Ask the Loctician


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This week Loc’d Life talked to loctician Swazi Williams, a 30-year veteran of natural hair care in Chicago.  There are many misconceptions on natural hair care, especially locs. Swazi helps set the record straight.

Tell me about yourself.
I’ve been in the industry for over 30 years. Natural hair care is my passion. I come from a background of cosmetologists and barbers. I am very passionate about natural hair, and I know all about it.

How long have you worn locs?
I’ve worn them for nine years.

What is the best advice you can give for loc wearers?
Keep your locs moisturized, and keep them moist with natural oils. Moisture grows locs as well. Also eat the right foods to keep locs nurtured from the inside out.

swazi adWhen you mention natural oils, what are some of the best ones to use?
You can use oils as a base to make your own serums. Olive oil and sweet almond oil are good bases to use. Vitamin E, blackseed oil, and flaxseed oil are also good. Peppermint oil is good for stimulation, as it opens up the scalp. Nettle oil and neem oil (a vegetable oil from India) are also good oils to moisturize. Be careful with jojoba oil, as it tends to make locs hard. Be careful when using oils in general. Oils are somewhat of a chemical, too. Don’t overmix them, and some of them do not go together. If you feel tingling, you have too much of something. If you overwhelm yourself with too much oil, you develop dermatitis, which results in dandruff or scalp dermatitis.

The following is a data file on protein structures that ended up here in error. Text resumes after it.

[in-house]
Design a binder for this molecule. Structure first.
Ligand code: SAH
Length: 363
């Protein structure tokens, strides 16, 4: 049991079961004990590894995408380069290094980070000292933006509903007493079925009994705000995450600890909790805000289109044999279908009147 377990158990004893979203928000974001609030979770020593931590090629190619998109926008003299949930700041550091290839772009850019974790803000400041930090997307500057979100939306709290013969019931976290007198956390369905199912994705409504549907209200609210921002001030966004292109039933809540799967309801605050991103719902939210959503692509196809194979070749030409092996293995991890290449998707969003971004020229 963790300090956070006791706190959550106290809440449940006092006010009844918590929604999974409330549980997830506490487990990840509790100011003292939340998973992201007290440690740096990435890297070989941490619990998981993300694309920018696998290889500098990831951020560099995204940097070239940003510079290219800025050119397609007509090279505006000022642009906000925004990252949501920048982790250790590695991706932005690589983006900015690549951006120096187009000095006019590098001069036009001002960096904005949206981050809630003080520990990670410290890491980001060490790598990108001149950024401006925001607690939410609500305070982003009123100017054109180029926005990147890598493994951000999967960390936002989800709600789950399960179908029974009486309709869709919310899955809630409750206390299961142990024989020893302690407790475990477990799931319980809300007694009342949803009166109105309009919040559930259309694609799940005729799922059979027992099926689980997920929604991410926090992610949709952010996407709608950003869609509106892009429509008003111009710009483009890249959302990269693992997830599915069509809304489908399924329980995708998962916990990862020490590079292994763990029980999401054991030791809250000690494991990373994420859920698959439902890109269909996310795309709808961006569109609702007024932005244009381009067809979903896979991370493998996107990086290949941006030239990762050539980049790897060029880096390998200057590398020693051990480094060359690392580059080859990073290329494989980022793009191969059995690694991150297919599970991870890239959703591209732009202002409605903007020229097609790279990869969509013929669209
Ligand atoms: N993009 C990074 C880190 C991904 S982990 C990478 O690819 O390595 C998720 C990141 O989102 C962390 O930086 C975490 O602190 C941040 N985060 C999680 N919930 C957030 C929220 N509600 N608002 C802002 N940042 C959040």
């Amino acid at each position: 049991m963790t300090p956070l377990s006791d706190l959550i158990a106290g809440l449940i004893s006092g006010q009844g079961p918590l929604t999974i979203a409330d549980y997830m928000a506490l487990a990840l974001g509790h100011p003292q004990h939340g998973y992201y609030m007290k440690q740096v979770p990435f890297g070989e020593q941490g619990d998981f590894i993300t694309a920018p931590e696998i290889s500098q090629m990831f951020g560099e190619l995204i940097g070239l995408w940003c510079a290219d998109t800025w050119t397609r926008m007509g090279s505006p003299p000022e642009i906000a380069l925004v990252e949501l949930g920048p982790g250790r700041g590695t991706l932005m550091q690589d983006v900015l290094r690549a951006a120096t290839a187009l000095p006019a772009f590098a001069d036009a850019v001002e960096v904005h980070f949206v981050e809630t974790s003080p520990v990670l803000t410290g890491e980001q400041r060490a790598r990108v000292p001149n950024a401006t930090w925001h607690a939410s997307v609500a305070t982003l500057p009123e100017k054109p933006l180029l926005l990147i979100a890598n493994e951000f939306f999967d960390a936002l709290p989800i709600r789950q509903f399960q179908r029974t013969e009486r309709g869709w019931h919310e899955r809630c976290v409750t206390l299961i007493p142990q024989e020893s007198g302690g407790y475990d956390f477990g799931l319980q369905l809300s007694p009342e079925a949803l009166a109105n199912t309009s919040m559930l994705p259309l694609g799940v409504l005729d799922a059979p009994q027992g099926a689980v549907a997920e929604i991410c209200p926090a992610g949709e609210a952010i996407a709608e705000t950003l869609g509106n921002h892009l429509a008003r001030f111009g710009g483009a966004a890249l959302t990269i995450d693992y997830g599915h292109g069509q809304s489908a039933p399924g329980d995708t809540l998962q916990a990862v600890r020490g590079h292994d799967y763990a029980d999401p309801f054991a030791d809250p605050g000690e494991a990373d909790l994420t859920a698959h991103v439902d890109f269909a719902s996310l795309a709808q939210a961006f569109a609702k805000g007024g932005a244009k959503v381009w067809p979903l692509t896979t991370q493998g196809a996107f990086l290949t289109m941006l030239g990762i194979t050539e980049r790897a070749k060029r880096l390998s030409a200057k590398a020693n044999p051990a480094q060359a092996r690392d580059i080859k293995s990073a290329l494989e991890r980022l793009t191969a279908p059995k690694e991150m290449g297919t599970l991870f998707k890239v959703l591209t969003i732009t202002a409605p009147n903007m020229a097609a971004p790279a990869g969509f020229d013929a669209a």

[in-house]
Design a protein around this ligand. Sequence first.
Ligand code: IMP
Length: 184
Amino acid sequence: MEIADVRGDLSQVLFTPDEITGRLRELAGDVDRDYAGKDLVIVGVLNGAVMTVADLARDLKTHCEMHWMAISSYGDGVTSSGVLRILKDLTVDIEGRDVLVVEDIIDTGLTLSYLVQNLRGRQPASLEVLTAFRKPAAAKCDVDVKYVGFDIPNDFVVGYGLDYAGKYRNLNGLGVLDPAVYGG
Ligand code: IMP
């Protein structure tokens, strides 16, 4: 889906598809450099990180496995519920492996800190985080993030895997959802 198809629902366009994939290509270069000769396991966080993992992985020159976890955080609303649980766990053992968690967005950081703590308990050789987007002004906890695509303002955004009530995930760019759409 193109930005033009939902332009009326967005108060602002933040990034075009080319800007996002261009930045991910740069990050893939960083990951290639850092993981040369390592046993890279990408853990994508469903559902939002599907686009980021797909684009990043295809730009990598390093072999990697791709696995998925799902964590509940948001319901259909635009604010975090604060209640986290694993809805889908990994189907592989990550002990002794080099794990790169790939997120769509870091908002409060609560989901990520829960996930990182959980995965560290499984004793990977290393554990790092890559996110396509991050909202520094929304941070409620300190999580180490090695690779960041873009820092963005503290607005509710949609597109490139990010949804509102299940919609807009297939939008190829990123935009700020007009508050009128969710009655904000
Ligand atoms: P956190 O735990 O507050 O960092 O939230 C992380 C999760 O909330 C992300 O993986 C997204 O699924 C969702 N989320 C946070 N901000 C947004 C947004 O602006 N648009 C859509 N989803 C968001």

What other things do you recommend?
Folic acid and magnesium needs to be sufficient in body to help hair grow as well. Hair is made of keratin and biotin. All the things that your hair is made of can be used as a support to make hair stronger.

Many of our readers have asked questions about hair loss. What advice can you give them?